New Agreement Includes Draft, Rule 5 Changes
By Alan Schwarz
October 25, 2006
ST. LOUIS -- Overshadowed by more wide-ranging issues and the sheer euphoria of an agreement between Major League Baseball and the Players Association being reached with no rancor or threats of a work stoppage, the structure of the new five-year Collective Bargaining Agreement announced yesterday between labor and management did carry some significant changes to baseball’s amateur draft and player-development pipeline.
Several draft alterations, ranging from a uniform Aug. 15 signing deadline to compensation for unsigned picks, will change how both teams and players experience the process, as well as how much and when money changes hands.
The most notable changes are those that deal with draft-pick compensation--both for teams that fail to sign a high pick as well as those who lose major league free agents in the offseason.
Teams that fail to sign a first-round pick no longer receive an extra pick after the first round as compensation, but instead a virtually identical pick the following year; for example, a team that fails to sign the No. 5 pick one year will receive the No. 6 pick the next, rather than one in the 30s or 40s. The same compensation also now exists for unsigned second-round picks, while a team that fails to sign a third-round pick will receive a sandwich pick between the third and fourth rounds.
The new system should decrease the growth of bonus payments to amateurs, as teams can walk away from negotiations with the reassurance of having a similar pick the next year. (Although that compensation pick, if unsigned, is not subject to compensation, which keeps clubs from using it over and over.) Clubs have for years wanted a system of prescribed, slotted bonuses for every high pick but learned early in the negotiations that the union would not accept it, so instead focused on stronger compensation rules.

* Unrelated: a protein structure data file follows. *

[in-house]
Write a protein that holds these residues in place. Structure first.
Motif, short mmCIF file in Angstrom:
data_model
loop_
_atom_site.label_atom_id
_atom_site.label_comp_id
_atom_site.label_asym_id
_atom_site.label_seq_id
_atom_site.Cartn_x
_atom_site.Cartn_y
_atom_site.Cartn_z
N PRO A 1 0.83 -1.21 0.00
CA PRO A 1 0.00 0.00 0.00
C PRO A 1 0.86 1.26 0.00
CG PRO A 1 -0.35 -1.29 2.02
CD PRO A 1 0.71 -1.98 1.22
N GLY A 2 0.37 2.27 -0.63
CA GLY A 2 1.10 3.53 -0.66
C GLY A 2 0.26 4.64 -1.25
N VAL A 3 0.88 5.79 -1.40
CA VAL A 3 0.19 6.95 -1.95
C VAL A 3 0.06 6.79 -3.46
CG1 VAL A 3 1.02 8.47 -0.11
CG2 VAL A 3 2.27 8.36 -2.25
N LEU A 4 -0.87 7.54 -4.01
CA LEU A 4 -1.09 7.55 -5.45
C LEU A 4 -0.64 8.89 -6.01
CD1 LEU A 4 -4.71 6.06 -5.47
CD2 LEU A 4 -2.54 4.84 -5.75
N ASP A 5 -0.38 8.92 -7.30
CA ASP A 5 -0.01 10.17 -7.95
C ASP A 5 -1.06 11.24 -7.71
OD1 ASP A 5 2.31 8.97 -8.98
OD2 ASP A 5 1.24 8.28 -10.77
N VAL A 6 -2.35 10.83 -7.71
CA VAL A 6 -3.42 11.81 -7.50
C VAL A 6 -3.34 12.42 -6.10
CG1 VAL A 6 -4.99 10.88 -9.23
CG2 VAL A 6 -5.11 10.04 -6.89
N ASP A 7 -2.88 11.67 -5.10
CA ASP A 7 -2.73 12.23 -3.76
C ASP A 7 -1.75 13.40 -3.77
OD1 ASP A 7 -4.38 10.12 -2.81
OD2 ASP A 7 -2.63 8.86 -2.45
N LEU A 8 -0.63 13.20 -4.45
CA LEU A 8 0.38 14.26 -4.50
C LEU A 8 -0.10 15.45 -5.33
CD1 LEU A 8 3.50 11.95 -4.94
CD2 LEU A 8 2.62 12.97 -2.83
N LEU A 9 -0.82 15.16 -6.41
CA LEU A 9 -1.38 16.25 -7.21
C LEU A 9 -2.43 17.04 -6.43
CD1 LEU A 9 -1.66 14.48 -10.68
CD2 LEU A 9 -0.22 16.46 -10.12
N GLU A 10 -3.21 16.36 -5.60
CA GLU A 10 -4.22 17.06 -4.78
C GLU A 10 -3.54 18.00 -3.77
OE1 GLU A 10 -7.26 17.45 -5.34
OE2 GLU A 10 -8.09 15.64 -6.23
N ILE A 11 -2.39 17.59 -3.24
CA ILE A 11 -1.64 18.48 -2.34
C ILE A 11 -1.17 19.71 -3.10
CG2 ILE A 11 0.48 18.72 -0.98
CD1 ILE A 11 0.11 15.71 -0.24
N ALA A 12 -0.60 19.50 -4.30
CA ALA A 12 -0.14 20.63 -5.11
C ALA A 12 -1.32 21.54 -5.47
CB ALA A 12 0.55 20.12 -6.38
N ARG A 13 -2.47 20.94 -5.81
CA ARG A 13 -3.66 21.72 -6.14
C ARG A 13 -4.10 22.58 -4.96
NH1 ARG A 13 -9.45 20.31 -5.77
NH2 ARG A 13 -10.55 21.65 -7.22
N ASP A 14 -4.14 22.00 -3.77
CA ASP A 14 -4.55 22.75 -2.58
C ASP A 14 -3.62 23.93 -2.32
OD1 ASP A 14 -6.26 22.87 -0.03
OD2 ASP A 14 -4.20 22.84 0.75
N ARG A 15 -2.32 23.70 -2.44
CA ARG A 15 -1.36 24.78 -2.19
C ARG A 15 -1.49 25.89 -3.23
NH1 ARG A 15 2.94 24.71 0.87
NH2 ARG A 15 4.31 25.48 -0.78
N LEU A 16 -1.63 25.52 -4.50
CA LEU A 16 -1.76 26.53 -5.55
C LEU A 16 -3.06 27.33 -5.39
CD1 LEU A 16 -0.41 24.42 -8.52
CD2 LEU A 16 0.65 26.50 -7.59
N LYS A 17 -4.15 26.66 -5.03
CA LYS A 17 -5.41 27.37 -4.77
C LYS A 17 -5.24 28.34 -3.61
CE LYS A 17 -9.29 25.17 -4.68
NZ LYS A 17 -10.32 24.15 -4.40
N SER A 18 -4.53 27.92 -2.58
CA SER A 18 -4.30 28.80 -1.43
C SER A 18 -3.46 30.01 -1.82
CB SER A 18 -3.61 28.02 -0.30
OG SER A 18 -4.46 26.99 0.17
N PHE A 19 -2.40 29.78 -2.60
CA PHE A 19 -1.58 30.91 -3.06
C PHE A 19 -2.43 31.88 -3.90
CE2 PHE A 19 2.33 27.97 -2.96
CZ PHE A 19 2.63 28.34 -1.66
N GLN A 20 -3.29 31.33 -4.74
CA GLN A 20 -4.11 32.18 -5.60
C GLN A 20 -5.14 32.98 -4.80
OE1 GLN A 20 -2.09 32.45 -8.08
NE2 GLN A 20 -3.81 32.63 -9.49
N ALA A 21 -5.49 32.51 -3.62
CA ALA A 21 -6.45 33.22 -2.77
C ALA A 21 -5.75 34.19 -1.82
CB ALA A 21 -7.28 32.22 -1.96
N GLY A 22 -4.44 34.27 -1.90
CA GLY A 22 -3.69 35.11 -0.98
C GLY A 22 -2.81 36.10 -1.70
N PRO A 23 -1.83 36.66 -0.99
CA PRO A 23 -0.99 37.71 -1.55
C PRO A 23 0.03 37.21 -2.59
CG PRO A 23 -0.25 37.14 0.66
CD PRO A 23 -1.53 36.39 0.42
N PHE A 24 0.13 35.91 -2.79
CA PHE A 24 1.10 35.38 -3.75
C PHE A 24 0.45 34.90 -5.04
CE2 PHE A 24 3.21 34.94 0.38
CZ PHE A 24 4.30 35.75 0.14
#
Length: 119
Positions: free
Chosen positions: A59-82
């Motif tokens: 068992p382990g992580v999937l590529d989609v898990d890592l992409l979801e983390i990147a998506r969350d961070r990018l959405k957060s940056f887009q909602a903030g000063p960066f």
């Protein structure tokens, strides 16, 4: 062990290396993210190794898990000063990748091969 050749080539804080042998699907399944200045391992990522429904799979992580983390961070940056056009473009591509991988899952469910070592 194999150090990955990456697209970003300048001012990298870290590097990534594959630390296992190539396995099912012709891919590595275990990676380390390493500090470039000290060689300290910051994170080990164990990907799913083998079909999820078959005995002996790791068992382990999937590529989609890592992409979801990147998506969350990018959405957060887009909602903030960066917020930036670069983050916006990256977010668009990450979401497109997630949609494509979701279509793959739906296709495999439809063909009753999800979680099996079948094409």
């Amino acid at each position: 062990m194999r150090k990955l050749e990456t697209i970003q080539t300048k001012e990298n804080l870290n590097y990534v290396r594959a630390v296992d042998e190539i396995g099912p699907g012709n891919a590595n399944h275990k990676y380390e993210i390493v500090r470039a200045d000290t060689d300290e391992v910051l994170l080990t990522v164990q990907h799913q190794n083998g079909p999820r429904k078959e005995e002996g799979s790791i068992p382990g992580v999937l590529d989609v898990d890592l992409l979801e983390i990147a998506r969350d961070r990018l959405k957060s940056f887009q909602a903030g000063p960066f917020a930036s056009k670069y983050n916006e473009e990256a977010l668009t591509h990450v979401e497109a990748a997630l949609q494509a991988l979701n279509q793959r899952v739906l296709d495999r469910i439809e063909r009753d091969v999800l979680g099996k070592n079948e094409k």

"The concern with clubs was to get that club that was drafting as much leverage that they can have, so they can select the best player they possibly can," said former Cubs president Andy MacPhail, a member of ownership’s negotiation team. To the extent that bonus offers will probably either decrease or not grow as quickly because teams can walk away more comfortably, union executive director Donald Fehr said, "It will clearly have an effect. It will clearly not put (players) in the position that they would have been in had slotting been accepted. You have to find compromises."
One other change to the amateur draft is a uniform signing date of Aug. 15 for all players (other than college seniors), replacing the longtime and clumsy deadline of the moment a player literally attends his first four-year college class. In addition to creating some order for all involved--from teams to players to college coaches wanting an earlier idea of their incoming class--this also eliminates the junior-college, draft-and-follow rule in which players who attended two-year schools could sign with their drafting club until one week before the following draft.
Several ideas that have been discussed over the years, such as the trading of draft picks and an either supplemental or combined draft of all players worldwide, were not adopted. Also, the draft will continue to be held in June rather than be moved to July.